Ensuring COVID-19 Vaccine Site Accessibility for People with Disabilities and Functional and Access Needs in Alabama

The Alabama Department of Public Health (ADPH), in partnership with the Alabama National Guard (ALNG), Alabama’s Emergency Management Agency, and other stakeholders, scheduled mass vaccination clinics in 24 traditionally underserved, rural counties in the state that were identified as high-risk of adverse health outcomes from the COVID-19 pandemic.

Due to the significant population of adults with functional and access needs/disabilities in the state (over 33 percent), the differences in health outcomes and behaviors experienced, and the high incidence of death associated with contracting COVID-19, the functional and access needs population was a priority for vaccination. Accommodating, communicating with, and ensuring accessible vaccine sites for the disabled community was also a priority.

As such, the ADPH, along with the Disability and Preparedness Specialist from the Association of State and Territorial Health Officials (ASTHO), provided Disability Etiquette Training to approximately 150 members of the Alabama National Guard on March 16, 2021, at the ALNG Headquarters in Montgomery.

ADPH, in partnership with Anna Taylor from the Alabama Department of Rehabilitation Services, provided a 30-minute training session: Accommodating and Communicating with People with Disabilities. Prior to the start of training, a fun video was shown to ensure attendees were comfortable with the subject matter –“Interacting and Communicating with People with Disabilities,” which depicted various scenarios of what to do, and what not to do, when interacting with persons with disabilities/functional and access needs. Additionally, packets of information were provided to session attendees that could be used as reference tools at the vaccination sites. Some of these resources included:

  • Communication Card for persons who are Deaf and Hard of Hearing in case there was no access to a remote American Sign Language provider. The Communication Card was adapted from the New Jersey Department of Health’s Division of Deaf and Hard of Hearing and its development received input from consumers in Alabama’s deaf and hard-of-hearing communities.·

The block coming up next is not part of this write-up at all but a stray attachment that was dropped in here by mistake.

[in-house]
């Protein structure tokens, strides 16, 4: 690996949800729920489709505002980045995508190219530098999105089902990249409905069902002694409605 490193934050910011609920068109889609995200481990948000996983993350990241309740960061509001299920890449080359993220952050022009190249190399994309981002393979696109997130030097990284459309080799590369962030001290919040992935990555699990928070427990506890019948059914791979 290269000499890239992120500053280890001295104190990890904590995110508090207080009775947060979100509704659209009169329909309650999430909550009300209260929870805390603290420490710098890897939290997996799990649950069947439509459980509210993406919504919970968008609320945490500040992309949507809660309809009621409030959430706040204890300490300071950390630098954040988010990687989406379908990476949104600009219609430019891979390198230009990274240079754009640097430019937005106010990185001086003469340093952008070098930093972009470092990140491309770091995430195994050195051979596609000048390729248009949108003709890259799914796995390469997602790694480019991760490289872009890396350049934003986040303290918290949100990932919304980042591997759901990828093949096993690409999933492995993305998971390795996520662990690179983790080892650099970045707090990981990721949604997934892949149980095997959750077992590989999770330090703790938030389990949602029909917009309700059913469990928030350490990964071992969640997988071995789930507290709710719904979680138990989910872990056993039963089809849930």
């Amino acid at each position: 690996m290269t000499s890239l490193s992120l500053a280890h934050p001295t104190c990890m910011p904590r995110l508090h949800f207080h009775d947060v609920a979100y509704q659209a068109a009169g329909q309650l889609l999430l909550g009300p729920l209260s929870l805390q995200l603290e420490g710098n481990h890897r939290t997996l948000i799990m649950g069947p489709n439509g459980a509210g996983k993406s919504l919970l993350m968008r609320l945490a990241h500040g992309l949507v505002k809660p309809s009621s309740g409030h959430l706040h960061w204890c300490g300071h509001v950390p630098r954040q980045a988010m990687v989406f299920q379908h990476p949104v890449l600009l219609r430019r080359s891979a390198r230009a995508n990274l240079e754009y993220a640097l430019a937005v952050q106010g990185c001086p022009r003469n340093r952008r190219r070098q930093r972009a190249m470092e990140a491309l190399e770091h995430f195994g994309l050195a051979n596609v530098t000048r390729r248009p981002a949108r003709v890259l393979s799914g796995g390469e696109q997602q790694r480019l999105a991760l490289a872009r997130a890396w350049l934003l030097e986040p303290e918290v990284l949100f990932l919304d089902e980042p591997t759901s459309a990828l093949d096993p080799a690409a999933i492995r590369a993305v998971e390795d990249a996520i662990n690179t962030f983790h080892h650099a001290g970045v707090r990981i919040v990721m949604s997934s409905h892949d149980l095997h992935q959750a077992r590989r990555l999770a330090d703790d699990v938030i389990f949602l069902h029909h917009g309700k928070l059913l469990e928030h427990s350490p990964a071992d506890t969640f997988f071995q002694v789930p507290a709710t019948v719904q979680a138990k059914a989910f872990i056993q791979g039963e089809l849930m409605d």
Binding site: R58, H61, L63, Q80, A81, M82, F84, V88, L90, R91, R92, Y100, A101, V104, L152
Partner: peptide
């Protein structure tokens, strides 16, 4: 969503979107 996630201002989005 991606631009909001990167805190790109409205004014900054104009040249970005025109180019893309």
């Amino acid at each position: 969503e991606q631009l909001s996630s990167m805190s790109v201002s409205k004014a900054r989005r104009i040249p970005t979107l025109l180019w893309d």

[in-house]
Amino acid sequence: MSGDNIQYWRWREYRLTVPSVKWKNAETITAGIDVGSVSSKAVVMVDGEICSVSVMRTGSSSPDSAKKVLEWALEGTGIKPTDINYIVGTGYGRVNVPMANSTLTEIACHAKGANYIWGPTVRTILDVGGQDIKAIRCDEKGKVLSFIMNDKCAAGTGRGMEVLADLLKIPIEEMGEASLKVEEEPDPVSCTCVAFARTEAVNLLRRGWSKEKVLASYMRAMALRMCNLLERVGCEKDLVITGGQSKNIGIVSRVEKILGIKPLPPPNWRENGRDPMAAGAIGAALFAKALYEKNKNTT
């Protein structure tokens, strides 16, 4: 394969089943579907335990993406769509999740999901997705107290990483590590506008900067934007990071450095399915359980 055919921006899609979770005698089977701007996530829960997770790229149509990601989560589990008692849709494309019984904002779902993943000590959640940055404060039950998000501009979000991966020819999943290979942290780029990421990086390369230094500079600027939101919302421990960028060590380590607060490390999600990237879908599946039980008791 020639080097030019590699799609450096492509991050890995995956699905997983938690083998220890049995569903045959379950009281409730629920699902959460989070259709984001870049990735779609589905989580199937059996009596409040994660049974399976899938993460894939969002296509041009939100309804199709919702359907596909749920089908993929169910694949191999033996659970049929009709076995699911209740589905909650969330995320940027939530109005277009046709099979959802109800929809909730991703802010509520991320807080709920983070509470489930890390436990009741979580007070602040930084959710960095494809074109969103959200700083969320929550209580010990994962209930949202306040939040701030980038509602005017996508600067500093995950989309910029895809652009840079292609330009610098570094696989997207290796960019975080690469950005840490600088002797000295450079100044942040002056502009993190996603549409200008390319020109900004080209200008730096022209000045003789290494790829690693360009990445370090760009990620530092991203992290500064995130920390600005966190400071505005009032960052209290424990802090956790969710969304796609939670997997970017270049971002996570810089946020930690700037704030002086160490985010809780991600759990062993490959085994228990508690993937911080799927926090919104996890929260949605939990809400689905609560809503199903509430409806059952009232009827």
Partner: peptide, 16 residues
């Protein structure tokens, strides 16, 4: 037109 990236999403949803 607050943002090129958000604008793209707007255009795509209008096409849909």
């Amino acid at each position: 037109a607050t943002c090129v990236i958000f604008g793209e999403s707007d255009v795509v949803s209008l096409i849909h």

• COVID-19 Vaccine Story inserts, written in plain language, were provided as a resource for potential encounters with persons with cognitive or intellectual disabilities who needed explanation of what to expect during the vaccination process.· Accessibility Checklist, adapted from the Minnesota Department of Health and ADA Northwest, was developed to ensure the sites were accessible physically, sensorily, cognitively and technologically. The Accessibility Checklist was used at scheduled vaccination clinic sites.
  • Accessibility site assessments were conducted prior to the vaccination clinics, where a team of four—which included two ALNG Operations/Logistics Team members; Alabama Department of Transportation staff and ADPH/ASTHO Disability and Preparedness staff, conducted the assessments along with local emergency management agency staff and city/county officials.

For drive-through clinic sites, it was common to establish a special lane or designated area for paratransit vehicles or vehicles transporting people with disabilities/functional and access needs to avoid waiting in long lines to mitigate the challenges experienced when sitting in vehicles for long periods of time. Additionally, the accessibility site assessments ensured accessible Port-O-Lets were available when there were potential barriers with accessible restrooms.

For walk-up sites, there were designated areas for persons with functional and access needs/disabilities to sit comfortably while vaccine paperwork was completed, their vaccines were received, and their observation time done, all in one area. There were private rooms available for those with sensory disabilities, where noise, long waits, crowds of people and other stimuli considered barriers could be avoided. Additionally, the private rooms were used for those with challenged English proficiency to access the Language Line for interpreters.

Finally, transportation arrangements were made for people with disabilities, through a partnership with the Alabama Department of Transportation, for public paratransit vehicles and private accessible vans in each of the counties where clinics were held.

By Felecia Barrow, MPA